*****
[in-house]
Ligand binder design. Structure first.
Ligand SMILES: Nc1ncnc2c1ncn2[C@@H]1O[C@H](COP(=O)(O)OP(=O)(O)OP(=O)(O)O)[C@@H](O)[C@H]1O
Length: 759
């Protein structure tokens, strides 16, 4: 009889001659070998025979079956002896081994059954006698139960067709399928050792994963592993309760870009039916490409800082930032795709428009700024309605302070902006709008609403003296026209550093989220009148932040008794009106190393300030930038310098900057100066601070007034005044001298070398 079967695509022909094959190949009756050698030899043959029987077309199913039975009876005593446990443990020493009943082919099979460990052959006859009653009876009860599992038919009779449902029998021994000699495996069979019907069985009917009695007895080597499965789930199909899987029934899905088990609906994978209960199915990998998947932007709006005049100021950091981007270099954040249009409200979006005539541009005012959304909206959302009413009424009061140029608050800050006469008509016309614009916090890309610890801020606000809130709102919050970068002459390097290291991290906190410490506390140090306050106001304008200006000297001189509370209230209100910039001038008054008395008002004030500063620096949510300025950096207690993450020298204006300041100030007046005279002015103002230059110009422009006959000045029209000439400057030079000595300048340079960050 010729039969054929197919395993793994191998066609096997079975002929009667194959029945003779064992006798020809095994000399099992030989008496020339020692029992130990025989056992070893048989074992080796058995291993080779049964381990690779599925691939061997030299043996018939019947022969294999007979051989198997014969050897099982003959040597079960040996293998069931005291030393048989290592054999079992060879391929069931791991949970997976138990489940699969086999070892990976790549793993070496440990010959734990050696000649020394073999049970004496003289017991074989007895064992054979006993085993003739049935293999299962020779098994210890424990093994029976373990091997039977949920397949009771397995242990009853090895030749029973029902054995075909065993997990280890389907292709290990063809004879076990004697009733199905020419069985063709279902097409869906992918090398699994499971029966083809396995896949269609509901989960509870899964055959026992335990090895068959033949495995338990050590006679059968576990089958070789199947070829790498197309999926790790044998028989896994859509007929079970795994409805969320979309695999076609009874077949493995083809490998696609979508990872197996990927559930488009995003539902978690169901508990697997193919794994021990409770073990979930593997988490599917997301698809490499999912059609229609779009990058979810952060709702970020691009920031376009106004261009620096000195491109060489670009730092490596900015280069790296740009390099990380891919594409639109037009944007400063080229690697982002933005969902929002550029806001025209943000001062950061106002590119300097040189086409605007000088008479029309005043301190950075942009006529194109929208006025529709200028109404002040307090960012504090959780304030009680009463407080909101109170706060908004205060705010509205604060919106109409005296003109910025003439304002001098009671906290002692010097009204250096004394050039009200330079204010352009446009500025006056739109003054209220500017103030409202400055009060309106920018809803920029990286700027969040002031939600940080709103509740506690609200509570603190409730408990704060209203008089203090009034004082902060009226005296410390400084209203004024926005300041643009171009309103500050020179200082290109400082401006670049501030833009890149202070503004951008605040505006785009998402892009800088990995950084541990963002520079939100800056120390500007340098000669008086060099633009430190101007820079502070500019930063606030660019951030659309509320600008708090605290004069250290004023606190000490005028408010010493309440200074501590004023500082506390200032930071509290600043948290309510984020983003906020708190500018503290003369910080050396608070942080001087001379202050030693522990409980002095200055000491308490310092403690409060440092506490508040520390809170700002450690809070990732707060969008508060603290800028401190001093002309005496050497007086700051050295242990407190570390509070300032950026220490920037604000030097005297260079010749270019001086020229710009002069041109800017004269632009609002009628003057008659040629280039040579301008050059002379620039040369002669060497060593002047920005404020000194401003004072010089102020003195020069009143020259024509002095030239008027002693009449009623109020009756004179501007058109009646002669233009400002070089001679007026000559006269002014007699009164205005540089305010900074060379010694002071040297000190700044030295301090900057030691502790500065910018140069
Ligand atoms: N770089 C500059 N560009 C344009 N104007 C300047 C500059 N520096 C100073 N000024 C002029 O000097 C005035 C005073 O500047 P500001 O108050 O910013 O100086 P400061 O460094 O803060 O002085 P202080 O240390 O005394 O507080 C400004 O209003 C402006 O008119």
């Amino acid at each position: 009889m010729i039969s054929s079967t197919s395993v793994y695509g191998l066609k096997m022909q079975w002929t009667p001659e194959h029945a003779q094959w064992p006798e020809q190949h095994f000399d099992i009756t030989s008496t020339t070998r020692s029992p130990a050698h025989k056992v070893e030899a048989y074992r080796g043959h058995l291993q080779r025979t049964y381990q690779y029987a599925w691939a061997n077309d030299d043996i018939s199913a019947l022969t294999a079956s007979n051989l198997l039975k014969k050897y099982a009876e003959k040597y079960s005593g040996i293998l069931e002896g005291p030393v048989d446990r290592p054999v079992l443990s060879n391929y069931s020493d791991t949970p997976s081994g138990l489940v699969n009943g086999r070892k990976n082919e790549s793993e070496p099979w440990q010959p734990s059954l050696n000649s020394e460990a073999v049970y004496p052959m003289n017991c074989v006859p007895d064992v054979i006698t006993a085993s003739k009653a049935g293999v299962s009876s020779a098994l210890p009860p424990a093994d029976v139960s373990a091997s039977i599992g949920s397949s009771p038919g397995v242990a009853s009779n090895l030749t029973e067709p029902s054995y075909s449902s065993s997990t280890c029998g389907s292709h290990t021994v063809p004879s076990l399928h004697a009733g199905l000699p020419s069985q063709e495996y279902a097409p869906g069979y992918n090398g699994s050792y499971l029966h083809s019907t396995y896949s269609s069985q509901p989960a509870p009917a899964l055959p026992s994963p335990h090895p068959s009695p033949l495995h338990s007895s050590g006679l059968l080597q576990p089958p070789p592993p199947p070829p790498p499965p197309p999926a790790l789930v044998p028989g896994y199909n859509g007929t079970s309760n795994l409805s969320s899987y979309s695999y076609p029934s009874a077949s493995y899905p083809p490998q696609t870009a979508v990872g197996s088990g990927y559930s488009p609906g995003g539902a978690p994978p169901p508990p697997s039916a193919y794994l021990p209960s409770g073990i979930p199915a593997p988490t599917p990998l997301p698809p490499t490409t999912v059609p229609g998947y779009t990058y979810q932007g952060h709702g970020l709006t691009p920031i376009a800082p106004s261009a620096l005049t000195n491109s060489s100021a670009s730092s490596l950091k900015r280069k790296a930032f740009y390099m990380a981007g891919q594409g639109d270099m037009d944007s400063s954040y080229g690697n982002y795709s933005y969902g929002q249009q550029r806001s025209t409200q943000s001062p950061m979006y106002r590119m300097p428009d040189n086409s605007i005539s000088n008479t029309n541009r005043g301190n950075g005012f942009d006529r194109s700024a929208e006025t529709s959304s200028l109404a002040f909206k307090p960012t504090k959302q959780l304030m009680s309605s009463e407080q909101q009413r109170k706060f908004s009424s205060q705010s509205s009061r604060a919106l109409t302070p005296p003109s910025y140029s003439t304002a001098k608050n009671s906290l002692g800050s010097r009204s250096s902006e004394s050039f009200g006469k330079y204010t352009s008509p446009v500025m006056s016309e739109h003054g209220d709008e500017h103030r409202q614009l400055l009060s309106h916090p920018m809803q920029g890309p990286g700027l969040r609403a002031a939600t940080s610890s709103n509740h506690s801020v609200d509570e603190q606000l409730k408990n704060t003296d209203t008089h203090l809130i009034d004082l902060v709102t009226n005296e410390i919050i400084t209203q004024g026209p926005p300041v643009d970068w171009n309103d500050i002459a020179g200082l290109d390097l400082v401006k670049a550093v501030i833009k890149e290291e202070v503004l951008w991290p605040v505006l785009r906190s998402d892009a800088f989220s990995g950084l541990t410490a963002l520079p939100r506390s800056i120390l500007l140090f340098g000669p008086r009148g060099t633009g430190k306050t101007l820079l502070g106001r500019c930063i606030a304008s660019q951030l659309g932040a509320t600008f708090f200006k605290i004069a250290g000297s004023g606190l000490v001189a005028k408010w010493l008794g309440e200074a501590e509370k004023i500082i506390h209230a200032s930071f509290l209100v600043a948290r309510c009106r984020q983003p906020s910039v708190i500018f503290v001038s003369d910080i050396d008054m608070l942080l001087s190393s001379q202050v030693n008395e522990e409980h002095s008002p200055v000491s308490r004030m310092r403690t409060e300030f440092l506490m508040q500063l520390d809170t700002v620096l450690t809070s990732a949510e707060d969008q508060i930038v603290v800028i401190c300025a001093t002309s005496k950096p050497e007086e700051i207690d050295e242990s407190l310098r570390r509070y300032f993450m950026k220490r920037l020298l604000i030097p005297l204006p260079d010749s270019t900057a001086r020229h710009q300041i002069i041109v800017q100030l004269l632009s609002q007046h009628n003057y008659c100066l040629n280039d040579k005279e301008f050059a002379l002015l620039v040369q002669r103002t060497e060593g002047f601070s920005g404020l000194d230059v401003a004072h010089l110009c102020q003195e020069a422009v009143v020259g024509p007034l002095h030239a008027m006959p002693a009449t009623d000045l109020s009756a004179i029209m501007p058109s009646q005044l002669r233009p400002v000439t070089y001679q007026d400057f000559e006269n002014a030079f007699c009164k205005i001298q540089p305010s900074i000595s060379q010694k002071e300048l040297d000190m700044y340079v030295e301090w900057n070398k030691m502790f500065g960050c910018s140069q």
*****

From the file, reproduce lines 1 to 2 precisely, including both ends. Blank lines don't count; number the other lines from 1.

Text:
[in-house]
Ligand binder design. Structure first.